Woodlands since the last Ice age, part 2 the last 2000 years

This continues from part one which was from the last ice age up to the Roman invasion. So this is just the last 2,000 years.

Painting of Oliver Rackham
Painting of Oliver Rackham

First of all let me say this is an overview and as such it only skims across the period. If you want a more detailed account then I would refer you to Oliver Rackham and his various books which not only give you an in depth account but are also very readable. ‘Woodland’ by Oliver Rackham, published by Harper Collins 2012  ISBN 978-0-00-748104-0 is a good start.

By the time Julius turned up and later when Claudius made a good fist of it, England was rural. It had fields and hedges and pasture. On the uplands were moors and heaths and where it was chalky there was downland. There were little settlements, you could almost call them villages,there were burial sites and worshiping sites and there was of course woodland.  However the amount was probably only about 10 to 20% which is probably much less than most people would think. We have the idea that there were vast amounts of woodland even until quite recently. Robin Hood and the exploits of Highway men like Dick Turpin have fostered the idea that swathes of England were deepest darkest forests.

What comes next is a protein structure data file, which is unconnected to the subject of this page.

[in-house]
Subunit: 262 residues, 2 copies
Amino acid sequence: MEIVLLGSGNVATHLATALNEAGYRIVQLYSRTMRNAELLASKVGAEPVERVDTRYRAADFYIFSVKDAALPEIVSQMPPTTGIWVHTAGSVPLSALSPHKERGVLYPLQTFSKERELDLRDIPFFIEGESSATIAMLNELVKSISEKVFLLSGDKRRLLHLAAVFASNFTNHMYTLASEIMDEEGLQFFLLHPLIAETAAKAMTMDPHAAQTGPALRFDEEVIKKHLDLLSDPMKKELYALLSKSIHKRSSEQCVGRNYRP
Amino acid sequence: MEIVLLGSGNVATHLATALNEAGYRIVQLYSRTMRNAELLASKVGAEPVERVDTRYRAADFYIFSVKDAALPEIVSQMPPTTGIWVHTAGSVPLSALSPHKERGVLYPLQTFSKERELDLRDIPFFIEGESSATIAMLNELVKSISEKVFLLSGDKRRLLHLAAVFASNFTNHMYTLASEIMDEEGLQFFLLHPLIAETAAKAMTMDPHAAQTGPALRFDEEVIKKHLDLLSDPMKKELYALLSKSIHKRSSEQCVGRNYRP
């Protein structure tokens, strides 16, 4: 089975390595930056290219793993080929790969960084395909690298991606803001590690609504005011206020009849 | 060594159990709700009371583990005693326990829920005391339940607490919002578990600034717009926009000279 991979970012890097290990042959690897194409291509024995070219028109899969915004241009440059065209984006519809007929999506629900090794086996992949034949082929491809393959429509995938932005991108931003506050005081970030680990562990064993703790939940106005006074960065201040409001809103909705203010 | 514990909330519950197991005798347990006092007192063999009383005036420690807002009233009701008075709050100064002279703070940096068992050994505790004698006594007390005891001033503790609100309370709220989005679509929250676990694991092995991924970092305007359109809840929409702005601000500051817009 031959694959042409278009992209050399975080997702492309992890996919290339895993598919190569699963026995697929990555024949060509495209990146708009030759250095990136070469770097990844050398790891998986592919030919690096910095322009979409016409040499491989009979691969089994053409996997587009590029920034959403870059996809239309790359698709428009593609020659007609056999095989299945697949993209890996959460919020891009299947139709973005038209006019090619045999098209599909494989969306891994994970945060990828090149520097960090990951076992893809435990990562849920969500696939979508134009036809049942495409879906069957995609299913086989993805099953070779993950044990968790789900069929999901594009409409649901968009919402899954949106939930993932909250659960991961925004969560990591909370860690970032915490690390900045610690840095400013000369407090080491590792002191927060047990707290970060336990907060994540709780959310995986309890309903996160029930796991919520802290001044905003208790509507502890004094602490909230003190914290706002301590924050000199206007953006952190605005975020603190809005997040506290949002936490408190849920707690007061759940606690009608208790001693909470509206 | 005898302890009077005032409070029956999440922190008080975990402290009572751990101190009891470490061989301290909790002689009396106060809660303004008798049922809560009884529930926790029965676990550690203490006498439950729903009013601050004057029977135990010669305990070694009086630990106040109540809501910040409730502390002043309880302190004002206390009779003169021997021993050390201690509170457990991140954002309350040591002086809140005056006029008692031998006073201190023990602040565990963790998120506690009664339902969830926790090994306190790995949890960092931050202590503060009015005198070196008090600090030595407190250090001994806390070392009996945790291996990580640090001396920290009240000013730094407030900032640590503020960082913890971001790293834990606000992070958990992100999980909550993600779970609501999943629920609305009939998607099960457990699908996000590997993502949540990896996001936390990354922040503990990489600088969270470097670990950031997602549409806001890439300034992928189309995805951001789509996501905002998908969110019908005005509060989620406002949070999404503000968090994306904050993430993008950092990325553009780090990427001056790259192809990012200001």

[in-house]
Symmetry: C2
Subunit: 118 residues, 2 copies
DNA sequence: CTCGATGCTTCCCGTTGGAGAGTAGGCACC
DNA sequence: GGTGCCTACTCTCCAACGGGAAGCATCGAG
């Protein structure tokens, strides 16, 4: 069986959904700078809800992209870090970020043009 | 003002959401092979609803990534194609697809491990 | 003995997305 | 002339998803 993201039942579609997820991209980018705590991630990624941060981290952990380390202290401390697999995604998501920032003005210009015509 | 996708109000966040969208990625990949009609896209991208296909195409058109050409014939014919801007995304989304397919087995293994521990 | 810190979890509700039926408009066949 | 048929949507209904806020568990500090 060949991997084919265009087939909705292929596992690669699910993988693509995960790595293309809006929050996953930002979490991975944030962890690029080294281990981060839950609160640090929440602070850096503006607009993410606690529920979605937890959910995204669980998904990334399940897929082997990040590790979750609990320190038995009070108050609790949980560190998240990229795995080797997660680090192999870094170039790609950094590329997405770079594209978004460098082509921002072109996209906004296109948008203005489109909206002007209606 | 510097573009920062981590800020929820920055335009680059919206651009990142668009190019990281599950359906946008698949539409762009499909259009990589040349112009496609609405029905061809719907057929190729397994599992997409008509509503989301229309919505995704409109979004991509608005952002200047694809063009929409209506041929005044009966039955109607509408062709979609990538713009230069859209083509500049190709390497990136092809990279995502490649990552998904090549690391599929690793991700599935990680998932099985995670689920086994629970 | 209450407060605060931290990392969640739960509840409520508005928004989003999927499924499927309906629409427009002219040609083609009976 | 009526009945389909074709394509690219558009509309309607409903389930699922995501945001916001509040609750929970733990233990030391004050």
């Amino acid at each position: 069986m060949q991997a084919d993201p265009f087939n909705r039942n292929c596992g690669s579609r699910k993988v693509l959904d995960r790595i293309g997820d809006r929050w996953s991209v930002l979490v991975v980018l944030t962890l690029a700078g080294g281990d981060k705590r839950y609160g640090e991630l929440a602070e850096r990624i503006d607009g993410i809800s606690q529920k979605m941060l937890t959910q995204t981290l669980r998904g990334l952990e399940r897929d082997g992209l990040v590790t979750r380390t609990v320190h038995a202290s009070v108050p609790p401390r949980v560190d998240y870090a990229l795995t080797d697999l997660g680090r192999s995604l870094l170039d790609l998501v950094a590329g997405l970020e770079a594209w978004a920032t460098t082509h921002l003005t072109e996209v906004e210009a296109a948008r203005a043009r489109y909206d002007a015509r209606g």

No, the amount of woodland in the England 2,000 years ago was about the same amount as is presently found in France. Also most, if not all of that woodland was either being managed or had been managed at sometime. So even then the possibility of ‘wildwood’ existing is quite unlikely. Wildwood being a woodland that developed after the last ice age and then continued with natural regeneration and completely unaffected by man.

During the period of Roman occupation the population increased, and the sophistication of the society increased. This had significant effects on the amount of woodland. There was lots of charcoal production on a local level to provide fuel for local blacksmiths. There was also quite large scale iron production in areas like the Weald, and the Forest of Dean. Also the Romans were famous for their villas, thus bricks were being produced also lots of pottery, and tiles. All of these need kilns which need charcoal. So by the time the Romans left the amount of woodland was at quite a low level, probably below 10%